Is there a cheaper way to fly first class?

Good God! When I flew to Cologne in March, the first class seats were $4500. And my company specifies that business class is approved for transatlantic flights. Because my company is hemorrhaging money, I chose to fly in tourist class, but every one of my colleagues was up in the front of the plane. Plus, well, I took my wife along at my own expense ($450), and didn’t want to leave her back there alone (and no, I’d not’ve paid for first class).

Actually I think policy is business class on trans-con flights. At least it was when I was still working there.
I have flown first class a bunch of times.
Ways to get into first/business class (in no particular order)
[li]Frequent flier upgrades (fly so many miles and get a cert good for 1,000 mile upgrades. Got three certs and you can fly LA to NY in first if room is available, often these programs are mileage sensitive, ie a guy with 1 million miles will get the seat, and if you only have 100,000 miles you won’t)[/li][li]Pay cash at check in, I had a long flight on American, and when I checked in at the kiosk, I was offered FC for $150. I jumped on that.[/li][li]Take a bump on a previous flight. The secret here is to ask up front. “We are looking for volunteers” [/li]“What are you offering?”
“A later flight and a voucher for a free flight”
“Throw in first class and you got a deal” Works about 75% of the time in my experience
[li]Be nice to the check in agent. (yes this works!)[/li][li]Use frequent flier miles to buy the ticket[/li][li]Use Frequent flier miles to buy the upgrade (this is different from the ff certs mentioned above, here you actually take miles out of your account.)[/li][/ul]

Several years ago my economist-brother postulated that it wouldn’t be long before we saw excess-inventory business-class and first-class airline seats being sold in the same manner as Priceline and/or on discount/consolidator sites. It hasn’t really happened yet. (I remember poking around for this awhile back, and hit a couple of these types of deals, but nothing at all mainstream). Obviously it hasn’t caught on.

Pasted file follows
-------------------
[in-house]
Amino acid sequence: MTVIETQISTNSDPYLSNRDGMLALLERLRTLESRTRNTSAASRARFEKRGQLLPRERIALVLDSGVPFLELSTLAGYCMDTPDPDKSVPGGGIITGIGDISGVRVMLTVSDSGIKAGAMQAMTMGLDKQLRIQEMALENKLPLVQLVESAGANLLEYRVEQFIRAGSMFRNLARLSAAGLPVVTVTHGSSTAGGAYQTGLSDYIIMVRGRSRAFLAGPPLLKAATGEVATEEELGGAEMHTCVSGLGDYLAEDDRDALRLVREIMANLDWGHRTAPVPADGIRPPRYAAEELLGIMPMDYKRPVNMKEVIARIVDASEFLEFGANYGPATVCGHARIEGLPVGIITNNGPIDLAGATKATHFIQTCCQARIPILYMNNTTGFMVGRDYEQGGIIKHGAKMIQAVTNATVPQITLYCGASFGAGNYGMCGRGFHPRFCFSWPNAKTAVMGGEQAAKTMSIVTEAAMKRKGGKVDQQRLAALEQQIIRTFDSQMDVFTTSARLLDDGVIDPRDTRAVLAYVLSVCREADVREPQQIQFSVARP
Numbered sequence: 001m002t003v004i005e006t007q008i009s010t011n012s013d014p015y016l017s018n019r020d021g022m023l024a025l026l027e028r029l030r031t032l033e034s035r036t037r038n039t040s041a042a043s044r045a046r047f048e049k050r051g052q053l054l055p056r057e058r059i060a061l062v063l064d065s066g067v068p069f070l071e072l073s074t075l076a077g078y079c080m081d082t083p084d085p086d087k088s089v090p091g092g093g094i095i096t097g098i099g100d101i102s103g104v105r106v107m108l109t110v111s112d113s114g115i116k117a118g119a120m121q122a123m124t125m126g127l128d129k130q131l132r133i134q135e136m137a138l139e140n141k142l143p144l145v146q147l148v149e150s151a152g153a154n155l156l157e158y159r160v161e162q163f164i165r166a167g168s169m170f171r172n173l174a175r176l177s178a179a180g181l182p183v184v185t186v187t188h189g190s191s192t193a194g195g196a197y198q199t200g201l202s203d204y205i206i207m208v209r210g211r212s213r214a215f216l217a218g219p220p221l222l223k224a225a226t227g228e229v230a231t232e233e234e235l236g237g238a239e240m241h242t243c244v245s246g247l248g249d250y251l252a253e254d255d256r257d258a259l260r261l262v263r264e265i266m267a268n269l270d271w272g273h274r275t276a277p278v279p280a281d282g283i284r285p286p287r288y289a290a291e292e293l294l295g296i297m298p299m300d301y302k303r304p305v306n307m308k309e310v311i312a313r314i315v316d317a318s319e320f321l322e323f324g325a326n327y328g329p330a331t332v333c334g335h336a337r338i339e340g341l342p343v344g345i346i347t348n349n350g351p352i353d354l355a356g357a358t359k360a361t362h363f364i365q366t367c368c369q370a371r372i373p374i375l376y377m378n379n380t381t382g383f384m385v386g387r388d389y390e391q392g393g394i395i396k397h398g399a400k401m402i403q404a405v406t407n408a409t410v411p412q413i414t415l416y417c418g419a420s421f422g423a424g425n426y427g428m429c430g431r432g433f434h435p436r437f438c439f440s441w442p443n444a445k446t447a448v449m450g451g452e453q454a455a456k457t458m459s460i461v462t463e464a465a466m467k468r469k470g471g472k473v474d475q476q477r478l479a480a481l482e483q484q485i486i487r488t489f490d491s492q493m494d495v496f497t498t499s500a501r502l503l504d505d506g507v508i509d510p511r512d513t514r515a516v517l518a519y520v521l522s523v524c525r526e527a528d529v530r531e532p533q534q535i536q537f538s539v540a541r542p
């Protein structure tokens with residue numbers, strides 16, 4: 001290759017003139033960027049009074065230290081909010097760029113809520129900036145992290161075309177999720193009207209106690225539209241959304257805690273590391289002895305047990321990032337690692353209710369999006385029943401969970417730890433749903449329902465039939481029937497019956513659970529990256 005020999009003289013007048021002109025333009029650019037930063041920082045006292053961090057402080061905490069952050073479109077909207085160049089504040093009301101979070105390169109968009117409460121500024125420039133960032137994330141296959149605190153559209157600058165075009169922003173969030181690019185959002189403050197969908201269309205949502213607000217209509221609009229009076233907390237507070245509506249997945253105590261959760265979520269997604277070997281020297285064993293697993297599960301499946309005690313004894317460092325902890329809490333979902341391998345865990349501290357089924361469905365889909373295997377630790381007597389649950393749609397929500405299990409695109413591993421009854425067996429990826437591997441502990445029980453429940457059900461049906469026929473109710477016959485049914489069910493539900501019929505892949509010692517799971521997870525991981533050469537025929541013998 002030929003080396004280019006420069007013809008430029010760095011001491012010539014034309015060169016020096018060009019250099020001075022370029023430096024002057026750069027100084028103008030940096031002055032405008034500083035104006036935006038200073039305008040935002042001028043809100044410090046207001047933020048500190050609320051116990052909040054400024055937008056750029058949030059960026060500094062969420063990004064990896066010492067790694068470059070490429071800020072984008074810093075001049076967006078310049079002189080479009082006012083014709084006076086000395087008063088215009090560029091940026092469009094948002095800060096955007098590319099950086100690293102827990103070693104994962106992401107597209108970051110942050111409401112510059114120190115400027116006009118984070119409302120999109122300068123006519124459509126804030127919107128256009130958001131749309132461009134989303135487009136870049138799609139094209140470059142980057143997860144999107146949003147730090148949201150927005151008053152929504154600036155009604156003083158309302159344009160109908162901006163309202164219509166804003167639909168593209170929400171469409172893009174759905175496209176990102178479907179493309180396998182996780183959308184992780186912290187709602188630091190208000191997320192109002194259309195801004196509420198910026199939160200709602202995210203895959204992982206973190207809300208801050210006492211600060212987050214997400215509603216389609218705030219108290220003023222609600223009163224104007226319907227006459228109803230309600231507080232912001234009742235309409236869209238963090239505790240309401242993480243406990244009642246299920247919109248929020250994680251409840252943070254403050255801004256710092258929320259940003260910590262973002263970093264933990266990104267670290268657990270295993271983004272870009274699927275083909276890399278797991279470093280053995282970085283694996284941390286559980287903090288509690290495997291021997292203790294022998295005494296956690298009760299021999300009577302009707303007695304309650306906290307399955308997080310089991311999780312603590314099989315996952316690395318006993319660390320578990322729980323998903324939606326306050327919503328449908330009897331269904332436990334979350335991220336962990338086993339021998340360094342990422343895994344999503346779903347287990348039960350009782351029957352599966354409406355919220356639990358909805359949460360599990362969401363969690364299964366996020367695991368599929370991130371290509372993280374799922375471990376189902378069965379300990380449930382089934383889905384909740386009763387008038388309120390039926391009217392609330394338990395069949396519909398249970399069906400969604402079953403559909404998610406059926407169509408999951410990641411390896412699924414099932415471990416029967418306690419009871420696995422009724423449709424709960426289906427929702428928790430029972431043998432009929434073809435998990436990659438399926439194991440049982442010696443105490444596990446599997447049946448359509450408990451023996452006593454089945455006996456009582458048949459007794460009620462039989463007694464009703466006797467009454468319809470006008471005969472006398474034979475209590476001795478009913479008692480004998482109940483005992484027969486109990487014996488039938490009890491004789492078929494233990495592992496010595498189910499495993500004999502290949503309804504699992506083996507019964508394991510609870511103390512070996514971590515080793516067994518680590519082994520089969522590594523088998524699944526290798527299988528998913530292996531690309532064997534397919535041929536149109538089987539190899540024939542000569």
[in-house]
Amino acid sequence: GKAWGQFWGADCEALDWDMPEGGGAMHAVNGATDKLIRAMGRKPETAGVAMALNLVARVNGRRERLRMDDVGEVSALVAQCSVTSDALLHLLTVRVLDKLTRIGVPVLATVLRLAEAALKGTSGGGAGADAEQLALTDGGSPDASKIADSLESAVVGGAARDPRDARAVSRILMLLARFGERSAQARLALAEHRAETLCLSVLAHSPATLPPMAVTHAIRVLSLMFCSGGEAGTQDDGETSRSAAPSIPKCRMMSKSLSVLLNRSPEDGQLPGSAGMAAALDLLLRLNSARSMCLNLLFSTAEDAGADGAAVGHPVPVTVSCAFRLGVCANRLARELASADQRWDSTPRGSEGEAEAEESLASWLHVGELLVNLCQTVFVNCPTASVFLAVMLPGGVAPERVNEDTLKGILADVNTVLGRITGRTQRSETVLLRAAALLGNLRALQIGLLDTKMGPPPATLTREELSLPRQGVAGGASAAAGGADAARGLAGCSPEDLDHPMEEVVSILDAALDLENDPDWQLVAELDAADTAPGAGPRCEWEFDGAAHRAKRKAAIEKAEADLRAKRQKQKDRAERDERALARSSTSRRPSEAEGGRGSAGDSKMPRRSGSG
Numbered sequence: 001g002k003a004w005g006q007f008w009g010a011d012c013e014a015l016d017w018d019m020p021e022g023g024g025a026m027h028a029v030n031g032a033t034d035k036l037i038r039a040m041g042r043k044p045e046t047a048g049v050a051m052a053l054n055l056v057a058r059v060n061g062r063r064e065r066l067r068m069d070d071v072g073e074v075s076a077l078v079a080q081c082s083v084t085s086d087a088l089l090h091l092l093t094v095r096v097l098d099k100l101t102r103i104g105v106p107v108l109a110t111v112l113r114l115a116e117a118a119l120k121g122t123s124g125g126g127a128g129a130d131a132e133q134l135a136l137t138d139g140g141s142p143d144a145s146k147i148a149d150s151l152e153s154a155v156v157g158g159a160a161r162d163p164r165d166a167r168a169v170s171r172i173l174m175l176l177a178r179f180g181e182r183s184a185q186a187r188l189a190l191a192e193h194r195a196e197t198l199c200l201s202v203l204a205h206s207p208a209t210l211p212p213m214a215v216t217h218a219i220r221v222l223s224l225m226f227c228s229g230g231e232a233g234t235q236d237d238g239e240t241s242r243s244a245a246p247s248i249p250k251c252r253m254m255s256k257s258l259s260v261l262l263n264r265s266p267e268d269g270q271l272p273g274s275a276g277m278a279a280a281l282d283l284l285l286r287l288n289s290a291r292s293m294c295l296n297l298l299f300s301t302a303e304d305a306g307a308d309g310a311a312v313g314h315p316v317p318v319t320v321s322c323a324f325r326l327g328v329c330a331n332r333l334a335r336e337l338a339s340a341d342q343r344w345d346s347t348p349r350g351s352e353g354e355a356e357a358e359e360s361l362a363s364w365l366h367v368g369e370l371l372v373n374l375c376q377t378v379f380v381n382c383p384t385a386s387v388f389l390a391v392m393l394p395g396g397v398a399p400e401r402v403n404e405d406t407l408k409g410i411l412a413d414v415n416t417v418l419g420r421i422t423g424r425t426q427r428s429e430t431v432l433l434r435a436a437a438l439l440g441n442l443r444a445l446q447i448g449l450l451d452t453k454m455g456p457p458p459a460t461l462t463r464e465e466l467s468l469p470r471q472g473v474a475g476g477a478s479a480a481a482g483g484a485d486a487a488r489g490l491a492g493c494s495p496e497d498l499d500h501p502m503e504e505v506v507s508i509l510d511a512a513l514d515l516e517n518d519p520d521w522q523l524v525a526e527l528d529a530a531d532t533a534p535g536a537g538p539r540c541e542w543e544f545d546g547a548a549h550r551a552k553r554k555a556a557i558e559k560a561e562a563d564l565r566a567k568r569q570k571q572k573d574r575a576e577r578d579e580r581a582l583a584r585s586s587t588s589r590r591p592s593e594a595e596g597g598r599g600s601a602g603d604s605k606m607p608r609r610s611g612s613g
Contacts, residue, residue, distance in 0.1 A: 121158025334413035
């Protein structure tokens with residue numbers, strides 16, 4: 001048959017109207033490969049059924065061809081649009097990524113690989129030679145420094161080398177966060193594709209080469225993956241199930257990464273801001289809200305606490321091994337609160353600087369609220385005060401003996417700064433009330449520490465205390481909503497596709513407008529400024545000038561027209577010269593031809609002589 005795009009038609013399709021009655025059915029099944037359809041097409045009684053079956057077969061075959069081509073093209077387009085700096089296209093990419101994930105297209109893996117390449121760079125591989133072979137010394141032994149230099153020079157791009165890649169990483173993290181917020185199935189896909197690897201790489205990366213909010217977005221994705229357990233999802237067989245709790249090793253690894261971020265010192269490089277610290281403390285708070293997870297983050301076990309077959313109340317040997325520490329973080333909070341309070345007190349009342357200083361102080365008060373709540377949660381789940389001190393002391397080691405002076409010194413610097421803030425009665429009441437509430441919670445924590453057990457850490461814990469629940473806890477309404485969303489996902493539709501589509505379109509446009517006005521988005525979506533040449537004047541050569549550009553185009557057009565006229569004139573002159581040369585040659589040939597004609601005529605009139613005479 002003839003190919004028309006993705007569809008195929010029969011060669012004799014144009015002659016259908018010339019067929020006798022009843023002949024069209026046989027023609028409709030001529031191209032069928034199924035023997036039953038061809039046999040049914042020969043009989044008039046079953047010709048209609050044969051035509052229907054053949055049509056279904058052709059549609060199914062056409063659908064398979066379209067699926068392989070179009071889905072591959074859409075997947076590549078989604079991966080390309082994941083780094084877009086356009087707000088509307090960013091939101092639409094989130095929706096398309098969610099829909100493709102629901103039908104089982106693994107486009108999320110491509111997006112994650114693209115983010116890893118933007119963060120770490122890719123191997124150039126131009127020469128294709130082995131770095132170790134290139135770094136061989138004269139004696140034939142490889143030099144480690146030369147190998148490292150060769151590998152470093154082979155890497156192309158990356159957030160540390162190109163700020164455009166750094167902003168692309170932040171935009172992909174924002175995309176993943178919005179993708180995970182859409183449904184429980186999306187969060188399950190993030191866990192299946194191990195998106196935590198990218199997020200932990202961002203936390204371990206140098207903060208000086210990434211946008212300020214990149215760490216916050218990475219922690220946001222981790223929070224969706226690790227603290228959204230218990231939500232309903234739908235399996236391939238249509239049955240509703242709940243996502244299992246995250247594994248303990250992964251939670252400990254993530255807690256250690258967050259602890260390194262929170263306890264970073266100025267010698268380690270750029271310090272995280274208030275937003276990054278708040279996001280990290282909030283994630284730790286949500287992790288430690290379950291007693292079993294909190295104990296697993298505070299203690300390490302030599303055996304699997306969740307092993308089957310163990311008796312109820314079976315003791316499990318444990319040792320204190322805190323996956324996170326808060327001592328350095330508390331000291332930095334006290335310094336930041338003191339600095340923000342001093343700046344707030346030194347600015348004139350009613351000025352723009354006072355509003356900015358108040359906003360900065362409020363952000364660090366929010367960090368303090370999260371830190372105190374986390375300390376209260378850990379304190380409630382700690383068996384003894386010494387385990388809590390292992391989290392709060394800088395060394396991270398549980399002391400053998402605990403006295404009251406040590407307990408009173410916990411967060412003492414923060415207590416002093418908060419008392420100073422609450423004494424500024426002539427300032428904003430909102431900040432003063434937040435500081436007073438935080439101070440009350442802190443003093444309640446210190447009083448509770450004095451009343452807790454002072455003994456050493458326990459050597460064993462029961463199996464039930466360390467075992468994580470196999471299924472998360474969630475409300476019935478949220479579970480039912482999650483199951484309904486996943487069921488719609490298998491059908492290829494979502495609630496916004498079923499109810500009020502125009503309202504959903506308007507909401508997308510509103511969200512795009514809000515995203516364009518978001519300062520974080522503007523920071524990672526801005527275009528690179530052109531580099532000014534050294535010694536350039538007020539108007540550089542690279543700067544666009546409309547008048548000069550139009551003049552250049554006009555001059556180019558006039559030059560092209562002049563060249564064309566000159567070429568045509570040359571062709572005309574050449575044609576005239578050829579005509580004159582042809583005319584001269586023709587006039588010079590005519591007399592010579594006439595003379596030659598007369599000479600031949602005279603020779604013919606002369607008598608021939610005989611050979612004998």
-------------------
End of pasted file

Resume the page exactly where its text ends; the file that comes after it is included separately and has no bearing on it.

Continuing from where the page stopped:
I guess I didn’t realize demand was so high in this day and age; it seems like every flight I’m on there’s empty first class seats when I walk through. Obviously hat’s anecdotal, though.

Not to mention, purely from reading the analyses of the top minds here on the Dope, I’ve gleaned that airline pricing models are rather counter-intuitive, and thy would rather let some first class (and economy, for that matter) seats go unsold than try to sell them with the consequence of “cheapening” their product in the mind of fliers.

[nitpick] Frankfurt is in Germany. Frankfort is in Kentucky. [/nitpick]

It works for me, but only once I became a frequent flier. I didn’t get 50% conversion, but I bet I got first class at least a third of the time without paying for it, and always by being forthright and asking for it. (I also got a few bumps without asking, I assume due to overbooking in economy.)

That’s not counting upgrades to which I was entitled, or the frequent offers I got from United kiosks (always United, for some reason) to pay a small fee for an upgrade. I’m just talking upgrades I talked my way into.

It absolutely CAN be done, and the worst thing they can say is no.

I’d just like to thank everyone for the advice. And Huerta88, great links!

When I went to Spain about 15 years ago, our corporate travel agent told us that if we went through Frankfurt on Lufthansa we’d get a business class upgrade - which we took. Bulkhead seats also. Best long flight ever.

For the first, coming back from Las Vegas my wife managed to get bumped, and then get bumped again on the connecting flight, and wind up arriving only an hour after she was supposed to. At a different airport, but since I could get the car and pick her up, no problem.

Today I would make sure I had a seat on the next flight, not a waitlist position. Most flights I’ve been on lately are very crowded.

As for upgrades, there seems to be a lot more availability for short flights rather than long ones. Your frequent flier status is also important - if you are Platinum you are more likely to get an upgrade.


That’s how I’m flying first class to San Diego, I asked my airlines sales rep for some vouchers and paid for an economy ticket. Normally I’d get a free ticket in coach but as it’s a long flight and just a quick weekend I wanted to be comfortable.

Those vouchers are like gold.

You could just join the Army and fly in uniform. Add a little smile, some chatti-chat and the attendents melt like butter. Easy.